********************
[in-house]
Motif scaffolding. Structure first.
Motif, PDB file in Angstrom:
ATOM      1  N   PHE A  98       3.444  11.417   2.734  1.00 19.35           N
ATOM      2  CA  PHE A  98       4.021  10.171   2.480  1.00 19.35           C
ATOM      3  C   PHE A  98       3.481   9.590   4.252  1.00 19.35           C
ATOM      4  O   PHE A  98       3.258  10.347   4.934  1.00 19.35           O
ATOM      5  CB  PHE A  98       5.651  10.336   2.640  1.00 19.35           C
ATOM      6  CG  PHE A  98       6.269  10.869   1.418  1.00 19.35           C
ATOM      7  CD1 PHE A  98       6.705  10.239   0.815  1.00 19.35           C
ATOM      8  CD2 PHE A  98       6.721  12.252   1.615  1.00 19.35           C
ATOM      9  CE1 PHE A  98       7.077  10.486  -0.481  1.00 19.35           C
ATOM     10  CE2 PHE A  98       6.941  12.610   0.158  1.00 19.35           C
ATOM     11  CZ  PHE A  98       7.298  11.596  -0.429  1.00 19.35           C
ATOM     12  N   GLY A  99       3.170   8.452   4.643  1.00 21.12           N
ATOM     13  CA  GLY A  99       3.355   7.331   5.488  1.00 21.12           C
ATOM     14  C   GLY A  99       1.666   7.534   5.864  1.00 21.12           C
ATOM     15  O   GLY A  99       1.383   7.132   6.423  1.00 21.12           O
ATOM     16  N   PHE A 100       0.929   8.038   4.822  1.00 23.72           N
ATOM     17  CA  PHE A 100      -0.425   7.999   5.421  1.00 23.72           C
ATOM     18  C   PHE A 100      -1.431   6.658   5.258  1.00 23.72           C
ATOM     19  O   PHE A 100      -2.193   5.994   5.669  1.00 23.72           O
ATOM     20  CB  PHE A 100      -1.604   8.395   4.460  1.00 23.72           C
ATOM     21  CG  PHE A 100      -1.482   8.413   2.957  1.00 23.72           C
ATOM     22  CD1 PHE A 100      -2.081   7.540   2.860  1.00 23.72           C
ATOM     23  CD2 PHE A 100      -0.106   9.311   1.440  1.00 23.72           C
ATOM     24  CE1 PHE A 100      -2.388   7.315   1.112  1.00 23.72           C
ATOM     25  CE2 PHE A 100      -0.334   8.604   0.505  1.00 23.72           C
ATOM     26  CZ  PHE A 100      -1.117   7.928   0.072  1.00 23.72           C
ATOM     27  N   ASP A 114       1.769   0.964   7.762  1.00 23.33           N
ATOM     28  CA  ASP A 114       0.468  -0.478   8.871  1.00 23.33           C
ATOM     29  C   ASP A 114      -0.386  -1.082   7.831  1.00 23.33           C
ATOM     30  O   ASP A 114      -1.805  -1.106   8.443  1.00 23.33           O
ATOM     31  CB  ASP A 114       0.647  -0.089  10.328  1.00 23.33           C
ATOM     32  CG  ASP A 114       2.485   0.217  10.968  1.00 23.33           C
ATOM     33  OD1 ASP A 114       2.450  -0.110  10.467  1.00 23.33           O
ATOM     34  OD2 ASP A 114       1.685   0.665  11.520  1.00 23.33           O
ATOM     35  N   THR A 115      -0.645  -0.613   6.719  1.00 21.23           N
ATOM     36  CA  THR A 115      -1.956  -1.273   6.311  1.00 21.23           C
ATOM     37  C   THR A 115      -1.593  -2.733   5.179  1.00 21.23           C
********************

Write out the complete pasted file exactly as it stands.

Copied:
[in-house]
Motif scaffolding. Structure first.
Motif, PDB file in Angstrom:
ATOM      1  N   PHE A  98       3.444  11.417   2.734  1.00 19.35           N
ATOM      2  CA  PHE A  98       4.021  10.171   2.480  1.00 19.35           C
ATOM      3  C   PHE A  98       3.481   9.590   4.252  1.00 19.35           C
ATOM      4  O   PHE A  98       3.258  10.347   4.934  1.00 19.35           O
ATOM      5  CB  PHE A  98       5.651  10.336   2.640  1.00 19.35           C
ATOM      6  CG  PHE A  98       6.269  10.869   1.418  1.00 19.35           C
ATOM      7  CD1 PHE A  98       6.705  10.239   0.815  1.00 19.35           C
ATOM      8  CD2 PHE A  98       6.721  12.252   1.615  1.00 19.35           C
ATOM      9  CE1 PHE A  98       7.077  10.486  -0.481  1.00 19.35           C
ATOM     10  CE2 PHE A  98       6.941  12.610   0.158  1.00 19.35           C
ATOM     11  CZ  PHE A  98       7.298  11.596  -0.429  1.00 19.35           C
ATOM     12  N   GLY A  99       3.170   8.452   4.643  1.00 21.12           N
ATOM     13  CA  GLY A  99       3.355   7.331   5.488  1.00 21.12           C
ATOM     14  C   GLY A  99       1.666   7.534   5.864  1.00 21.12           C
ATOM     15  O   GLY A  99       1.383   7.132   6.423  1.00 21.12           O
ATOM     16  N   PHE A 100       0.929   8.038   4.822  1.00 23.72           N
ATOM     17  CA  PHE A 100      -0.425   7.999   5.421  1.00 23.72           C
ATOM     18  C   PHE A 100      -1.431   6.658   5.258  1.00 23.72           C
ATOM     19  O   PHE A 100      -2.193   5.994   5.669  1.00 23.72           O
ATOM     20  CB  PHE A 100      -1.604   8.395   4.460  1.00 23.72           C
ATOM     21  CG  PHE A 100      -1.482   8.413   2.957  1.00 23.72           C
ATOM     22  CD1 PHE A 100      -2.081   7.540   2.860  1.00 23.72           C
ATOM     23  CD2 PHE A 100      -0.106   9.311   1.440  1.00 23.72           C
ATOM     24  CE1 PHE A 100      -2.388   7.315   1.112  1.00 23.72           C
ATOM     25  CE2 PHE A 100      -0.334   8.604   0.505  1.00 23.72           C
ATOM     26  CZ  PHE A 100      -1.117   7.928   0.072  1.00 23.72           C
ATOM     27  N   ASP A 114       1.769   0.964   7.762  1.00 23.33           N
ATOM     28  CA  ASP A 114       0.468  -0.478   8.871  1.00 23.33           C
ATOM     29  C   ASP A 114      -0.386  -1.082   7.831  1.00 23.33           C
ATOM     30  O   ASP A 114      -1.805  -1.106   8.443  1.00 23.33           O
ATOM     31  CB  ASP A 114       0.647  -0.089  10.328  1.00 23.33           C
ATOM     32  CG  ASP A 114       2.485   0.217  10.968  1.00 23.33           C
ATOM     33  OD1 ASP A 114       2.450  -0.110  10.467  1.00 23.33           O
ATOM     34  OD2 ASP A 114       1.685   0.665  11.520  1.00 23.33           O
ATOM     35  N   THR A 115      -0.645  -0.613   6.719  1.00 21.23           N
ATOM     36  CA  THR A 115      -1.956  -1.273   6.311  1.00 21.23           C
ATOM     37  C   THR A 115      -1.593  -2.733   5.179  1.00 21.23           C